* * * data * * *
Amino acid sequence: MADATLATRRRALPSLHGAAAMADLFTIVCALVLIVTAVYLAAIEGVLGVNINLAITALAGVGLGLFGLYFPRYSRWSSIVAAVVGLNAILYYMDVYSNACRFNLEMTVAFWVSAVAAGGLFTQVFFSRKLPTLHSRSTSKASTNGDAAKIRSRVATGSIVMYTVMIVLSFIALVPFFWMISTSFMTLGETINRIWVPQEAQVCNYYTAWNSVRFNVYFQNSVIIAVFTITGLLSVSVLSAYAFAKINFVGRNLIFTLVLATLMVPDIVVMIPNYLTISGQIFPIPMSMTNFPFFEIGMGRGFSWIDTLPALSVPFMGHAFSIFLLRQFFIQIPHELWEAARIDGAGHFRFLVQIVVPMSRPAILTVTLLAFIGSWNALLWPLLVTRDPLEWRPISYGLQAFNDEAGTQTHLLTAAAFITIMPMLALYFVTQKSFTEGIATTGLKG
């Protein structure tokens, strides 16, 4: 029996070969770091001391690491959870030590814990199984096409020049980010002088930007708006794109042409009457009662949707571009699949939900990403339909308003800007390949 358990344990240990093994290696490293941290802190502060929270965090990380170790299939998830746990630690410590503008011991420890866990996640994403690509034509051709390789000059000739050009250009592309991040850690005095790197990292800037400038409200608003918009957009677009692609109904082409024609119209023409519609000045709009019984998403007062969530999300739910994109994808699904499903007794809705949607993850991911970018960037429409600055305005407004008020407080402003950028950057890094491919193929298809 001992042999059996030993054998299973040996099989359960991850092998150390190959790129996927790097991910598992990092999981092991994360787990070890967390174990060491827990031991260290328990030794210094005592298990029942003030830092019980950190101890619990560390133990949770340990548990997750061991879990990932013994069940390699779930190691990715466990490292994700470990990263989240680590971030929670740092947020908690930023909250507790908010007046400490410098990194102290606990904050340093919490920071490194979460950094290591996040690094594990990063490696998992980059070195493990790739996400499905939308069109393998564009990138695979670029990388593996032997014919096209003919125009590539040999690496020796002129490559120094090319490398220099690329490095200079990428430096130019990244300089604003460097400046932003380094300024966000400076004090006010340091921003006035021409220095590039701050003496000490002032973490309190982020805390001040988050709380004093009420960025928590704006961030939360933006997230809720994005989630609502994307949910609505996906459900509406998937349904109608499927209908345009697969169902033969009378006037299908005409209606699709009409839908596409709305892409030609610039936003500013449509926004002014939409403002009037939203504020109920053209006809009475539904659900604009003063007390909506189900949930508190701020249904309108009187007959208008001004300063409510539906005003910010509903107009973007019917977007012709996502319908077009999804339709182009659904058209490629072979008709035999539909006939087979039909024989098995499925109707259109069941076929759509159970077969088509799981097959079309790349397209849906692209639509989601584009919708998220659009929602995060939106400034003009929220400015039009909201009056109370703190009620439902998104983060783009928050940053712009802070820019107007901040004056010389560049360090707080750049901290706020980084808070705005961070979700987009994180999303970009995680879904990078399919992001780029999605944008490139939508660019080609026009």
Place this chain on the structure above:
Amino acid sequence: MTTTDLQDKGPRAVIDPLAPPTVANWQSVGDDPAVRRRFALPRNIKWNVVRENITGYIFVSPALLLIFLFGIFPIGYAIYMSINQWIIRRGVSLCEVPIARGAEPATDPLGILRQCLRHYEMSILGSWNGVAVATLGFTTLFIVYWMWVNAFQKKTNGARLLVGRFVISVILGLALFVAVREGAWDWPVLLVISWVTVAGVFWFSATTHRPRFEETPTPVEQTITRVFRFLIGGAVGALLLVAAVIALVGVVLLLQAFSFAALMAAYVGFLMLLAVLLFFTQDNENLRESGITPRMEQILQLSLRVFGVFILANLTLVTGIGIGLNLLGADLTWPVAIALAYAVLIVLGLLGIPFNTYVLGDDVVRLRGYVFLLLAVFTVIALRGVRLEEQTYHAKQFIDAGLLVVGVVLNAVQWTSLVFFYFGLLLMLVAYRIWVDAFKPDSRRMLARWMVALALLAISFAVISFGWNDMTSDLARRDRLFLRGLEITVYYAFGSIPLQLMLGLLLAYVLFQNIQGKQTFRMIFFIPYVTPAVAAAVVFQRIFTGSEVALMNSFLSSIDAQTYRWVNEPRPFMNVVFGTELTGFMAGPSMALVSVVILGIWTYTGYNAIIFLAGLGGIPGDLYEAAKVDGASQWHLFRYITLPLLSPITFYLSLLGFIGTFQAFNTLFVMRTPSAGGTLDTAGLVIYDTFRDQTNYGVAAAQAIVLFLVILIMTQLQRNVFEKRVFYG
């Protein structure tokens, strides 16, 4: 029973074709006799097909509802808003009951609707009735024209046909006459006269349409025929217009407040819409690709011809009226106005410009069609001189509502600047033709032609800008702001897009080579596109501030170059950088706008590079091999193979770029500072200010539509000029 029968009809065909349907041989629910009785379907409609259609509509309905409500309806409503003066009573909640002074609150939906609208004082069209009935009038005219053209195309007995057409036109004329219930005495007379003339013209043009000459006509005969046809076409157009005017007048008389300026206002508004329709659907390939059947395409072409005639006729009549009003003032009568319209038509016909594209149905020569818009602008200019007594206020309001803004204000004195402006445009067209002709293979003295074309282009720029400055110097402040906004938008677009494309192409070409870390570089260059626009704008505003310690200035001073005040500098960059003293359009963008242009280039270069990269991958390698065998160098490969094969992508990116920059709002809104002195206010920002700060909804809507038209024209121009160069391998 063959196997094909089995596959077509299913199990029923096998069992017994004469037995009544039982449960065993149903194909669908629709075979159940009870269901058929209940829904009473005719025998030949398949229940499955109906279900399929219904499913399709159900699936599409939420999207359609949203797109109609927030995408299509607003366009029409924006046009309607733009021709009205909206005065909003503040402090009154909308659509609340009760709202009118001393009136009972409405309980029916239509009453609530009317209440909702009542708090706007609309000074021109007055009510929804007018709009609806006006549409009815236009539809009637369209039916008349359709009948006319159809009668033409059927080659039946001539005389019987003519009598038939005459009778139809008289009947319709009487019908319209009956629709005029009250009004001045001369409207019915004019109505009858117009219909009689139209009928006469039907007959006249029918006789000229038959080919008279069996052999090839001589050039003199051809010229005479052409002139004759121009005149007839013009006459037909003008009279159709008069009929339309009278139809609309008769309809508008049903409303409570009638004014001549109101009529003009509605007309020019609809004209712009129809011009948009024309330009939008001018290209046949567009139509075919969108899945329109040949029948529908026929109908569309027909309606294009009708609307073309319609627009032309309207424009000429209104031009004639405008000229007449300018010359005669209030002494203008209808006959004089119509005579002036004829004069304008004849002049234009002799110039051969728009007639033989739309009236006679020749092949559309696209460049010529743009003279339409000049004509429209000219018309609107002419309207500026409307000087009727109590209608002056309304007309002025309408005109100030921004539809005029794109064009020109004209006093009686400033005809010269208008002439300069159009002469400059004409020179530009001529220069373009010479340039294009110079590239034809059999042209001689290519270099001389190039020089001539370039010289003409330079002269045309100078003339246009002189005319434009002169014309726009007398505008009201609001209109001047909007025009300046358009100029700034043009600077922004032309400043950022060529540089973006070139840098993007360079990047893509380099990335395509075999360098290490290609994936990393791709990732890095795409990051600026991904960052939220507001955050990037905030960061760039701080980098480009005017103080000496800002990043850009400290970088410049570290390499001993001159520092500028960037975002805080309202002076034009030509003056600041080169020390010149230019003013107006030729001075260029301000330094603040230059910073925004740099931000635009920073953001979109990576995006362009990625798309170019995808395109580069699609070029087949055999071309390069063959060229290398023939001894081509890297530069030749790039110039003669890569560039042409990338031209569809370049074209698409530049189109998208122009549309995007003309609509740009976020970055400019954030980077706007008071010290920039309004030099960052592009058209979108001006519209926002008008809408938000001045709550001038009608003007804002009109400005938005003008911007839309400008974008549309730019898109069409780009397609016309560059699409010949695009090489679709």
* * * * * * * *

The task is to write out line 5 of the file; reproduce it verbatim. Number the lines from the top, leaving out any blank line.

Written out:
């Protein structure tokens, strides 16, 4: 029973074709006799097909509802808003009951609707009735024209046909006459006269349409025929217009407040819409690709011809009226106005410009069609001189509502600047033709032609800008702001897009080579596109501030170059950088706008590079091999193979770029500072200010539509000029 029968009809065909349907041989629910009785379907409609259609509509309905409500309806409503003066009573909640002074609150939906609208004082069209009935009038005219053209195309007995057409036109004329219930005495007379003339013209043009000459006509005969046809076409157009005017007048008389300026206002508004329709659907390939059947395409072409005639006729009549009003003032009568319209038509016909594209149905020569818009602008200019007594206020309001803004204000004195402006445009067209002709293979003295074309282009720029400055110097402040906004938008677009494309192409070409870390570089260059626009704008505003310690200035001073005040500098960059003293359009963008242009280039270069990269991958390698065998160098490969094969992508990116920059709002809104002195206010920002700060909804809507038209024209121009160069391998 063959196997094909089995596959077509299913199990029923096998069992017994004469037995009544039982449960065993149903194909669908629709075979159940009870269901058929209940829904009473005719025998030949398949229940499955109906279900399929219904499913399709159900699936599409939420999207359609949203797109109609927030995408299509607003366009029409924006046009309607733009021709009205909206005065909003503040402090009154909308659509609340009760709202009118001393009136009972409405309980029916239509009453609530009317209440909702009542708090706007609309000074021109007055009510929804007018709009609806006006549409009815236009539809009637369209039916008349359709009948006319159809009668033409059927080659039946001539005389019987003519009598038939005459009778139809008289009947319709009487019908319209009956629709005029009250009004001045001369409207019915004019109505009858117009219909009689139209009928006469039907007959006249029918006789000229038959080919008279069996052999090839001589050039003199051809010229005479052409002139004759121009005149007839013009006459037909003008009279159709008069009929339309009278139809609309008769309809508008049903409303409570009638004014001549109101009529003009509605007309020019609809004209712009129809011009948009024309330009939008001018290209046949567009139509075919969108899945329109040949029948529908026929109908569309027909309606294009009708609307073309319609627009032309309207424009000429209104031009004639405008000229007449300018010359005669209030002494203008209808006959004089119509005579002036004829004069304008004849002049234009002799110039051969728009007639033989739309009236006679020749092949559309696209460049010529743009003279339409000049004509429209000219018309609107002419309207500026409307000087009727109590209608002056309304007309002025309408005109100030921004539809005029794109064009020109004209006093009686400033005809010269208008002439300069159009002469400059004409020179530009001529220069373009010479340039294009110079590239034809059999042209001689290519270099001389190039020089001539370039010289003409330079002269045309100078003339246009002189005319434009002169014309726009007398505008009201609001209109001047909007025009300046358009100029700034043009600077922004032309400043950022060529540089973006070139840098993007360079990047893509380099990335395509075999360098290490290609994936990393791709990732890095795409990051600026991904960052939220507001955050990037905030960061760039701080980098480009005017103080000496800002990043850009400290970088410049570290390499001993001159520092500028960037975002805080309202002076034009030509003056600041080169020390010149230019003013107006030729001075260029301000330094603040230059910073925004740099931000635009920073953001979109990576995006362009990625798309170019995808395109580069699609070029087949055999071309390069063959060229290398023939001894081509890297530069030749790039110039003669890569560039042409990338031209569809370049074209698409530049189109998208122009549309995007003309609509740009976020970055400019954030980077706007008071010290920039309004030099960052592009058209979108001006519209926002008008809408938000001045709550001038009608003007804002009109400005938005003008911007839309400008974008549309730019898109069409780009397609016309560059699409010949695009090489679709």